Receiving an informed speech evaluation is a valuable part of developing public speaking competence.
If you want to go forward, to improve your speech making, you'll realize receiving feedback is vital. How else do you learn what worked
and what needed further refinement?
What is a good speech evaluation & how to get one
Unfortunately there are few situations outside of specifically designated public
speaking training programs such as part of the high school curriculum or
a specialist course (eg. Toastmasters), where you can get a thorough speech evaluation.
Often the most you can hope for is a generalized "It was OK", "Great", or the dreaded, "Mmm, perhaps we'll give xxx a turn next time" type of comment. Nice or nasty, it doesn't tell you anything useful.
you want informative feedback and you're not in a public speaking club, this page is for
The person doing the rating will actively listen and watch the speech evaluating each element.
The final assessment will generally show a range (up and down the
scale) over most of the aspects. Therefore a speech can be seen to be 'good' in some areas, 'excellent' in others and perhaps 'fair' in one or two.
Getting a thorough speech evaluation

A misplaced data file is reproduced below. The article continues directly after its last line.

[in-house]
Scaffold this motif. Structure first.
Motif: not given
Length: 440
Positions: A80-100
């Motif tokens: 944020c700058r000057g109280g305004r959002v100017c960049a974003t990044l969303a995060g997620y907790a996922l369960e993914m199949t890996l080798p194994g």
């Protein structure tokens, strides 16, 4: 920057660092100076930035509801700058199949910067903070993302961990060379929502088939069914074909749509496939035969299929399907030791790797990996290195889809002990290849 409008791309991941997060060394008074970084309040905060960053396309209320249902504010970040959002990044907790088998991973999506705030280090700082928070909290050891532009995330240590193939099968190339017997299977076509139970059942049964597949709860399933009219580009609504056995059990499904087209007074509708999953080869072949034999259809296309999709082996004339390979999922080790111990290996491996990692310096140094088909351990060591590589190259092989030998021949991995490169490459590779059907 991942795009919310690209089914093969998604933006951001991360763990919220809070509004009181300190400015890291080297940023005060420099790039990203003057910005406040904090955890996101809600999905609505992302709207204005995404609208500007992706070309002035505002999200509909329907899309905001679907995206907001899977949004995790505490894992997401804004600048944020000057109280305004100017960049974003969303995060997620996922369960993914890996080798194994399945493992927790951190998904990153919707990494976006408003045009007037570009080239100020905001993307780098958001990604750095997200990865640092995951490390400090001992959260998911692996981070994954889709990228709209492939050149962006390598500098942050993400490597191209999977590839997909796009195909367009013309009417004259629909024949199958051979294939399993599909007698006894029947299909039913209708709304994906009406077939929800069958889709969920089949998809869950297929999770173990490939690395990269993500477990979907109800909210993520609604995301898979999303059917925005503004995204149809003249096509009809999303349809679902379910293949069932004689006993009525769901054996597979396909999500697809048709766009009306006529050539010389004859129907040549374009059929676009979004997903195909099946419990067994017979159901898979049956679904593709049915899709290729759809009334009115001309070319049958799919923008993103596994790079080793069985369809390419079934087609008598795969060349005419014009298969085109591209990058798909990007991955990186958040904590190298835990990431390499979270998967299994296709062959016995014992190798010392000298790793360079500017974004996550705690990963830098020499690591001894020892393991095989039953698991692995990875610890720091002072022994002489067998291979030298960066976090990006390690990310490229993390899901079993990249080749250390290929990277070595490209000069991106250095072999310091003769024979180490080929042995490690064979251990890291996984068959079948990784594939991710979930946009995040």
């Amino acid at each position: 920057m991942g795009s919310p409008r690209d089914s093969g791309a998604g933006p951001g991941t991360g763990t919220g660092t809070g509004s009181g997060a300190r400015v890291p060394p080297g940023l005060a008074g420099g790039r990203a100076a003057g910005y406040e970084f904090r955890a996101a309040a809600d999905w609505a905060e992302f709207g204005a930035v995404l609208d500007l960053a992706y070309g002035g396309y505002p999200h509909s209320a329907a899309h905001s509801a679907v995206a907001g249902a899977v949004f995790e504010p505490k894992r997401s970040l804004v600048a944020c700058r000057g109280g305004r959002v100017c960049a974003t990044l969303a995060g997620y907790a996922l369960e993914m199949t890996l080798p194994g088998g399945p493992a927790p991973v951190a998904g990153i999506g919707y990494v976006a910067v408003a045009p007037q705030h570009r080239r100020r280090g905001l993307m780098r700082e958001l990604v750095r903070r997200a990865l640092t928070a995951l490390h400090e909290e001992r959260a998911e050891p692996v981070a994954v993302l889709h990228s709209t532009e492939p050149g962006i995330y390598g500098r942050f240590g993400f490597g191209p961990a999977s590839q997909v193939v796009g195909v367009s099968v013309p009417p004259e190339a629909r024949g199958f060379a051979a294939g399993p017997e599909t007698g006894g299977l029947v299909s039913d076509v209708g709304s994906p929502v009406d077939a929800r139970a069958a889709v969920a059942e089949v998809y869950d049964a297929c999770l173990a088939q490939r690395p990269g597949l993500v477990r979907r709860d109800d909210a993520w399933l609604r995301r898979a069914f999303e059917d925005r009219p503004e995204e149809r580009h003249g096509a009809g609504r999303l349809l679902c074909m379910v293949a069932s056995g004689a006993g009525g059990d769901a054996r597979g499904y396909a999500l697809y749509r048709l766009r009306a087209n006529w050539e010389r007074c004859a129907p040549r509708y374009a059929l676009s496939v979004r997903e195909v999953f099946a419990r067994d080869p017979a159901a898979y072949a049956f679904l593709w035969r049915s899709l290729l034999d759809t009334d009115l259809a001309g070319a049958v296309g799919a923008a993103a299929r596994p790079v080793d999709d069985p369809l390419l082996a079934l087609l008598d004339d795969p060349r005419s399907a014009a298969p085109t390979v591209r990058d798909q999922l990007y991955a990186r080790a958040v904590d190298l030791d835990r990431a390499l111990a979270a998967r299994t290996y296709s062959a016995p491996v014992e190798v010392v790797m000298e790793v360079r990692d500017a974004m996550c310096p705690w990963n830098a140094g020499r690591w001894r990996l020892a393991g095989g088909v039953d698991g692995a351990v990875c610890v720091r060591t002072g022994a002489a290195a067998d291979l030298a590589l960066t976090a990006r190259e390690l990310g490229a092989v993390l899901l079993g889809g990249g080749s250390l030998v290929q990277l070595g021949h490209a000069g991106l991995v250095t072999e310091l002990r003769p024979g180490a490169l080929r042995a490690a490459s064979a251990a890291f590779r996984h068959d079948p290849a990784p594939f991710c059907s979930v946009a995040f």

If you're not in a public speaking class or a member of an
organization like Toastmasters International and the people you work
with don't provide criteria-based feedback you have two options.
Go through the form with your evaluator explaining the process. Highlight any areas you particularly want noticed.
Establish how you want the rating scaleinterpreted. A good way to set the benchmark is to listen to an excellent speaker. You could choose one from here: The Top 100 American Speeches
Have your evaluator listen to your speech and provide feedback before you give it in front of an audience. This will provide a foundation for their comments when they complete your speech evaluation 'proper'.
Working with your speech evaluation
You've got your evaluation. Now what do you with it?
Go through it with your evaluator. Bear in mind before you do:
that an evaluation is an opinion. At best it is an informed one with knowledge and experience behind it. If you find areas
you disagree over, do try and understand them from the evaluator's point of view. Often what we think we do and what we actually do are two different things.
that a poor or fair rating represents an opportunity to develop rather than a reason to give up public speaking
Use the ratings as a guide on where to focus your energy. For
example, if you're rated well on the delivery items but have fallen on
the content, (introduction, body, conclusion), you know that for your
next speech you'll spend the bulk of your preparation time organizing
Keep hold of your completed speech evaluation forms. It's great to be
able to refer back to them to see how far you've come and it's
interesting to compare how different evaluators pick up on different
aspects to comment on.
Do you want to know more about planning, writing and rehearsing speeches?
Here's a sample speech outline page. It has a handy downloadable blank speech outline form ready and waiting for your notes.
You'll find more about planning your speech here.
This page takes you through the sequence of planning decisions and shows you how they are guided by knowledge of your audience.